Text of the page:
memoirs, art and fragments by Thomas Milner

The History of the World (1)

One day I picked up from the table in the staff-room a thick paper-back book with the grand title of The History of the World. I looked at the back to check that it wasn’t the fancy title of some kind of novel, but no it really was an attempt, by a team of authors, to trace the history of the world! What breath-taking ambition, what presumption to undertake such a task! What a cheek, I thought, as I slipped the book into my bag; I’m going check this out later.

(I suppose it’s mainly a question of balance, I continued to myself – how much space to give to the age of the Enlightenment, for example, or the early Chinese dynasties; all this I was thinking as I drifted along the corridor and entered my classroom).

On the way to work I used to sometimes get off the train from Cascais at Cais de Sodré and have lunch down there, armed with the tools of my trade – a novel, a file of the students’ homework to mark and a pair of sun-glasses –  before crossing the square to catch the tram (or rather funicular) up the steep hill past the Chiado,

EÇA DE QUEIROZ

with that incredibly gauche statue of Eça de Quiroz,

FUNICULAR

to the top of the ride at the Bairro Alto and then walking along the promenade for five minutes enjoying the fine view of the castle opposite,

LISBON - VIEW OF THE CASTLE of S. JORGE

before plunging down again, threading my way down the steep little streets, past the botanical garden with its exotic trees, down and down to the back of the school on the Avenida.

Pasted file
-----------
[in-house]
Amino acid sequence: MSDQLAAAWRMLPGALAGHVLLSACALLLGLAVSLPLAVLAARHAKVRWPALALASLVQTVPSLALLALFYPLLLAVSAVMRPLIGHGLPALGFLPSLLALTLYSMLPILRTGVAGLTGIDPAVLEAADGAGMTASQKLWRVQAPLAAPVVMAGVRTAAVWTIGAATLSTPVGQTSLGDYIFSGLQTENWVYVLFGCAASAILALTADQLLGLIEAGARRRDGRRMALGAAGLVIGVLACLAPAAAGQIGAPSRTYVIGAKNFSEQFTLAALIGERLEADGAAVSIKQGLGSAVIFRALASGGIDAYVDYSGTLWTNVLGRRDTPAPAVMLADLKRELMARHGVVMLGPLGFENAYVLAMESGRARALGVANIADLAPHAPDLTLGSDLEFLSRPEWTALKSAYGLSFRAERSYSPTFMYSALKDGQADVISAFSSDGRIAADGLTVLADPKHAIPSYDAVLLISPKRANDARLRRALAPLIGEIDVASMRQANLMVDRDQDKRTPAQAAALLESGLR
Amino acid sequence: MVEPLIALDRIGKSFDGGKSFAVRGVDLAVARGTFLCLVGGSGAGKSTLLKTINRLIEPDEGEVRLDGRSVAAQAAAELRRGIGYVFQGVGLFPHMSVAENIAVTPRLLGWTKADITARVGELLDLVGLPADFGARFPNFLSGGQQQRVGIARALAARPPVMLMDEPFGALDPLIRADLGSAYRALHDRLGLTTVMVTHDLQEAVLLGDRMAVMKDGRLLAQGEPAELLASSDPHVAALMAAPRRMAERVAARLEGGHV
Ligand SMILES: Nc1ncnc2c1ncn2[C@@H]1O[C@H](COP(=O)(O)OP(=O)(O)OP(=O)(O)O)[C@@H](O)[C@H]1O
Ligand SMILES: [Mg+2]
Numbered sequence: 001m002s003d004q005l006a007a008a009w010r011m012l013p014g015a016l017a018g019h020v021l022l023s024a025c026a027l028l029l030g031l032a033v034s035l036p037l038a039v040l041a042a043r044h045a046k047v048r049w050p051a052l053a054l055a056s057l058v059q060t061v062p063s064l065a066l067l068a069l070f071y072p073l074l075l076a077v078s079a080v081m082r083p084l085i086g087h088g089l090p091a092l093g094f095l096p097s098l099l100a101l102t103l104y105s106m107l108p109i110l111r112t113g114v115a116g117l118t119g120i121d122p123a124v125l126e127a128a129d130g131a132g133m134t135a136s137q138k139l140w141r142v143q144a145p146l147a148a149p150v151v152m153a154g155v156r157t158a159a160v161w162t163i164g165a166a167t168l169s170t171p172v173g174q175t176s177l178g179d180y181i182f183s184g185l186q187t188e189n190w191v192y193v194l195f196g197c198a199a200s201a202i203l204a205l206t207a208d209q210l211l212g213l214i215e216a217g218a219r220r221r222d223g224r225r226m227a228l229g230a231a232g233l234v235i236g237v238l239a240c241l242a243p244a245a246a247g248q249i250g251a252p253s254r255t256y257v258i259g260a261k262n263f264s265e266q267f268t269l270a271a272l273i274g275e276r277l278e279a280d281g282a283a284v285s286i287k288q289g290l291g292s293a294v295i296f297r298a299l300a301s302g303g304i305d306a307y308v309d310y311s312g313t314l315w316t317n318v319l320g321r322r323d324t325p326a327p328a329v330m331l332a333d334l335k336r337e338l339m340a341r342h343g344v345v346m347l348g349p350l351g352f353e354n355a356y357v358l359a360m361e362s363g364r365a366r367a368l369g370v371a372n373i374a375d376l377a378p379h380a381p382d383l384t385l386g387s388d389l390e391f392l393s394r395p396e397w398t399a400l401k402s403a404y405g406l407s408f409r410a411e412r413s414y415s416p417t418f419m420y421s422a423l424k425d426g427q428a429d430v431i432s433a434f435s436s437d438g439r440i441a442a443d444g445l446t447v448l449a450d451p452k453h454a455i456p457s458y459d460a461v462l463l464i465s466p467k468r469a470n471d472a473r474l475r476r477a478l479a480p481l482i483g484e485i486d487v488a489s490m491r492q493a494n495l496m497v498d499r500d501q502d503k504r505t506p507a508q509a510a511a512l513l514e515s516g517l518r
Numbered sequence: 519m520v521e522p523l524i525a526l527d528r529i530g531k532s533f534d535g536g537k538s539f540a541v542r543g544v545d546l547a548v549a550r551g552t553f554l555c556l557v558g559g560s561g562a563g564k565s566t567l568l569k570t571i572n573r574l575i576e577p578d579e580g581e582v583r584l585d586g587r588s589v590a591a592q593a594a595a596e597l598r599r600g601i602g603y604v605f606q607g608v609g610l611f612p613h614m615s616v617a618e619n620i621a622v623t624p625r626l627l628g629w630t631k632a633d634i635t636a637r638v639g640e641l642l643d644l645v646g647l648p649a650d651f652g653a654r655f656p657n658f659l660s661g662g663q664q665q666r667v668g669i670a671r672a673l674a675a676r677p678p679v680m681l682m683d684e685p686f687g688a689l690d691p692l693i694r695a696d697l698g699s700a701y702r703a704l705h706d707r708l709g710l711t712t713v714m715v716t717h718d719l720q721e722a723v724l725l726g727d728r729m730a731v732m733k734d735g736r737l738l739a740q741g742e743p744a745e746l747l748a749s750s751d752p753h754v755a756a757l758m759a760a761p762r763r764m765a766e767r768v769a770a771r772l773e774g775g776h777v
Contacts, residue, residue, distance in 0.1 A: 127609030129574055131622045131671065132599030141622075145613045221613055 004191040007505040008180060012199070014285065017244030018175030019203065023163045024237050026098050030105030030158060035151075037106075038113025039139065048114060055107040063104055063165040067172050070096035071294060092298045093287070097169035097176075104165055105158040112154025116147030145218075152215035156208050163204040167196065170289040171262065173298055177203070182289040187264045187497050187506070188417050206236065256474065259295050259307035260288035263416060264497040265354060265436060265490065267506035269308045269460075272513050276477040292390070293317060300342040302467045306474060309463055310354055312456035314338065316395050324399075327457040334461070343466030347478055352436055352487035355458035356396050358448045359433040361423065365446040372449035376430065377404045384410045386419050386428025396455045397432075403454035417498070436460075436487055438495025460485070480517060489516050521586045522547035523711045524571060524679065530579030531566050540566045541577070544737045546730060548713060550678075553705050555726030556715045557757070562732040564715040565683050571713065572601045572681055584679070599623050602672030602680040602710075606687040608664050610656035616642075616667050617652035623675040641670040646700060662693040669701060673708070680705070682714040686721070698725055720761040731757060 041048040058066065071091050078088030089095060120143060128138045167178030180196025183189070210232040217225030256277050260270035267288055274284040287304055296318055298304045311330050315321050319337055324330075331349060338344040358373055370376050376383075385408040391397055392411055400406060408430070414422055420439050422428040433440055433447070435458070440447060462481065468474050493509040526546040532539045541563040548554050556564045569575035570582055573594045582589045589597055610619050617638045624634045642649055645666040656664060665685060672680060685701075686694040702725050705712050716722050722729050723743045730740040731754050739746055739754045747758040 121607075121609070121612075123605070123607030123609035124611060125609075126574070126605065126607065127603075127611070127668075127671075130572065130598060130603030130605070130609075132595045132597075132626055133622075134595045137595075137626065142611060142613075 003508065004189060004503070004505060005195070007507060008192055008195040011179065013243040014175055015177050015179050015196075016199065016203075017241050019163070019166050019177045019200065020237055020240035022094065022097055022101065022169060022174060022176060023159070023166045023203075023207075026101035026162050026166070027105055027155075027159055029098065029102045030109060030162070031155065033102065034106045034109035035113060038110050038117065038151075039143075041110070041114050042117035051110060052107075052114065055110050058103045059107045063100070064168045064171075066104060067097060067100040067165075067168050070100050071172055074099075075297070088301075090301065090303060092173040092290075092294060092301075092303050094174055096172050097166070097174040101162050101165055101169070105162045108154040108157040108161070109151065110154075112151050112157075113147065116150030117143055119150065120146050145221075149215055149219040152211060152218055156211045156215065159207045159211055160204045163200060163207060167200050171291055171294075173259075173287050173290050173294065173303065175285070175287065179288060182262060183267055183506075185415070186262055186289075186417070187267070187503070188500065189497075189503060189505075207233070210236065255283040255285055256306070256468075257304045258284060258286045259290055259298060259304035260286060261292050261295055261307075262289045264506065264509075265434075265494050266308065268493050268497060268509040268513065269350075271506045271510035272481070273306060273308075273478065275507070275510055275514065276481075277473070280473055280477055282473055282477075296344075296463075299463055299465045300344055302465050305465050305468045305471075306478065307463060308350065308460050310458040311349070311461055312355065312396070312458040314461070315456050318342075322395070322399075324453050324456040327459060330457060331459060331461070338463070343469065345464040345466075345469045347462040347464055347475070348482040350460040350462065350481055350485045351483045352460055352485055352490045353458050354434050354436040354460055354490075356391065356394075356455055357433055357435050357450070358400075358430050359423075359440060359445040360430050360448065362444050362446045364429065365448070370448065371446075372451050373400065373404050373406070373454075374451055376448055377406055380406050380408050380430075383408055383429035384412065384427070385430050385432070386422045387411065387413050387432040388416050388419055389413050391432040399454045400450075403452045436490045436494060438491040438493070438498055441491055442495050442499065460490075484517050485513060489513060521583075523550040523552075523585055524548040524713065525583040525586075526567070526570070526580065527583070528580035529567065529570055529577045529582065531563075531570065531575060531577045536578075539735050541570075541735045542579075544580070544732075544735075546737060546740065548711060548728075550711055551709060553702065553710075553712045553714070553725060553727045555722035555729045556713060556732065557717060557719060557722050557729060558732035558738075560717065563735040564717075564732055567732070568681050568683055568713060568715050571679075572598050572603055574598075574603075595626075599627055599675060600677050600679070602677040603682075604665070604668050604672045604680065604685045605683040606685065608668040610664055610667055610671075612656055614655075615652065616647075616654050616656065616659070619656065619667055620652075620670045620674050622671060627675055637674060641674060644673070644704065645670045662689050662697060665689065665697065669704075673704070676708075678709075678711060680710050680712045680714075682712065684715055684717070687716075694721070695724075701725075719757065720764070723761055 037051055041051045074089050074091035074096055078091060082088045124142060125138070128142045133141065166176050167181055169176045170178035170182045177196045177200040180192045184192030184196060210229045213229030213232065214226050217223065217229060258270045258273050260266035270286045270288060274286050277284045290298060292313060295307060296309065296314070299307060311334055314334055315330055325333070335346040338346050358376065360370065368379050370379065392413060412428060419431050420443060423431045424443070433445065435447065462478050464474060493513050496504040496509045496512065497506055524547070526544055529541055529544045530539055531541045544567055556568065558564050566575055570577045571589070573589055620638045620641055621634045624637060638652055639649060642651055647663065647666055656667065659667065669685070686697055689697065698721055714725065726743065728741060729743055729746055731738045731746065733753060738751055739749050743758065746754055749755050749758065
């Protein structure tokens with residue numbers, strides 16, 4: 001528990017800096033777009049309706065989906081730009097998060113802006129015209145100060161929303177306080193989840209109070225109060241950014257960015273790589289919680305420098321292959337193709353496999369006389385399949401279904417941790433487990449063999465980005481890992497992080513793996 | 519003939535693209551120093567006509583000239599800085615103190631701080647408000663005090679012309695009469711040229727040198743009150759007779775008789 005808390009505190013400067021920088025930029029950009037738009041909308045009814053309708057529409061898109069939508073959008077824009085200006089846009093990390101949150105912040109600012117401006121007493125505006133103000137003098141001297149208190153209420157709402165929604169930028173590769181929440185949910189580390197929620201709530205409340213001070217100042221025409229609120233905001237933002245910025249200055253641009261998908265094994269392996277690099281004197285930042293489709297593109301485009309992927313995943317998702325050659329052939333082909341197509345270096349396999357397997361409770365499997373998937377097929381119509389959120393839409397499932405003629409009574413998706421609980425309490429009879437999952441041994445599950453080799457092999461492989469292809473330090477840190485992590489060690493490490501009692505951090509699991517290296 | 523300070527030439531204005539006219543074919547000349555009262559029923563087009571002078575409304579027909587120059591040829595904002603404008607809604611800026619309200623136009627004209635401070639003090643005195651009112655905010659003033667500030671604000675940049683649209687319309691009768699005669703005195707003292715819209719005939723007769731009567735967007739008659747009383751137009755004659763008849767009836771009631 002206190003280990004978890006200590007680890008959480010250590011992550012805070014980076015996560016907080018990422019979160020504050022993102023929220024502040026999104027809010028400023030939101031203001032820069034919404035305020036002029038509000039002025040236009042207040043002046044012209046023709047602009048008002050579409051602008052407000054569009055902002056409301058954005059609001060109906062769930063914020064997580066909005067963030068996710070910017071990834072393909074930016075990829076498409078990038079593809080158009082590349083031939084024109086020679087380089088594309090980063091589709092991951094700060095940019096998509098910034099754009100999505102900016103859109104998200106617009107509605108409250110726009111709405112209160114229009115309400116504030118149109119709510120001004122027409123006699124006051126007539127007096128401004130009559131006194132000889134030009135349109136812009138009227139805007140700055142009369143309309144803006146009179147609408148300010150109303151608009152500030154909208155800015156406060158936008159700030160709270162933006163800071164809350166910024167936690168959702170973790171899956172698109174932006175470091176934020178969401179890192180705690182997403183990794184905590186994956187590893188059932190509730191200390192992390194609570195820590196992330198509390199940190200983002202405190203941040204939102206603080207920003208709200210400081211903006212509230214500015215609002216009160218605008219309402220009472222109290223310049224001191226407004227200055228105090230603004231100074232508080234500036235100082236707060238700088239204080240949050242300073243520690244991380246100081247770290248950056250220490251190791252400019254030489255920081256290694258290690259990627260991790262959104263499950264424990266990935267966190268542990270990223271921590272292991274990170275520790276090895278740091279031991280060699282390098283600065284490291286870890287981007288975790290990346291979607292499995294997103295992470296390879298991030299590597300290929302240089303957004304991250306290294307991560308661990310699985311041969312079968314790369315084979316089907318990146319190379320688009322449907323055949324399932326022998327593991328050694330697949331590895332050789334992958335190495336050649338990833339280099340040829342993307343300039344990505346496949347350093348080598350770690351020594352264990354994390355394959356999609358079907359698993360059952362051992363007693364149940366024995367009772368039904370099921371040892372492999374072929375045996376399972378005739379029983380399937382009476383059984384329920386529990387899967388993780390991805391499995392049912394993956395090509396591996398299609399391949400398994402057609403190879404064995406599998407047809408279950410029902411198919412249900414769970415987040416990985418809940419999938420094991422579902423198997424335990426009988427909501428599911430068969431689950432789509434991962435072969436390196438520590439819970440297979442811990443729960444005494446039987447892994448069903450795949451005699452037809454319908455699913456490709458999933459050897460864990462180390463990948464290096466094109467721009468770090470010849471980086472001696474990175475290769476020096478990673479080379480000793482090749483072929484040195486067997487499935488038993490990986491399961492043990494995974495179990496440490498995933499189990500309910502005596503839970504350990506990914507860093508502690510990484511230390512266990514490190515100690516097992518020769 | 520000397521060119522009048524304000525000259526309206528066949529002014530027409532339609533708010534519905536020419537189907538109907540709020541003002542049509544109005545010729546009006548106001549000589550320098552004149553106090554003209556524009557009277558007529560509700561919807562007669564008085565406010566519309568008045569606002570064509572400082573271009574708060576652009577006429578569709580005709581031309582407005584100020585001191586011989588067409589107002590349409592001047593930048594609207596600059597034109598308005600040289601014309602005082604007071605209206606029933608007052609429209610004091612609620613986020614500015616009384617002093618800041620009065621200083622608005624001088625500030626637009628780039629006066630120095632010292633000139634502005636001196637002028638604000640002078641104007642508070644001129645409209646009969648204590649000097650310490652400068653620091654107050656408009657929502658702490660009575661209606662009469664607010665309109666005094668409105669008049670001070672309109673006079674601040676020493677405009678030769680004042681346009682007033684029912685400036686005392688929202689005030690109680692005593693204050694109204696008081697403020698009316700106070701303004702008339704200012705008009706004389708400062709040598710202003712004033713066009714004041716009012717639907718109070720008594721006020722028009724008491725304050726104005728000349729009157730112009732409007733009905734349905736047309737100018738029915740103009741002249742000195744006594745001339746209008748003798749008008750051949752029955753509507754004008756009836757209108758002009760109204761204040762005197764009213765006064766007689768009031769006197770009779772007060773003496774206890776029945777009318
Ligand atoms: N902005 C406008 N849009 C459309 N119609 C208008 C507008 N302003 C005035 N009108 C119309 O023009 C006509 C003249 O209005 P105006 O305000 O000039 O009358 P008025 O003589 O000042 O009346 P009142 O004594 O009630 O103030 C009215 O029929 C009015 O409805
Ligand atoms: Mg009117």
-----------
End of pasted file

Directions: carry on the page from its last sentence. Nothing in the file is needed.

NARROW STREET BEHIND THE CAMBRIDGE SCHOOL

I did this the following day. I took The History of the World out to lunch.

Slightly contemptuously at first and then with a growing fascination, I read the first chapter – The early hominids … homo sapiens … Palaeolithic/Mesolithic/Neolithic … the sites that claim to be the cradles of civilizations … Mesopotamia – land between two rivers – Tigris and Euphrates, along the Indus river valley, on the banks of the Nile and along the great rivers of China … the Sumerians began farming in 9500 BCE … the earliest traces of written language

I was transported from this small Lisbon restaurant with its noisy clatter, to human prehistory. This should be required reading, I though enthusiastically. Then I saw them; oh no, not them, I thought.

(TO BE CONTINUED)

Comments on: "The History of the World (1)" (1)

  1. donna jones said:

    hi tom- i think deep down u r such a romantic. you belong in the era of the great romantic poets,- paris, venice, the great european tours of the artists, writers and poets……..i can see you in the morning suits, high starched collars, top hats, dining at the captain’s table, riding the orient express………………………..xdonna

    Like

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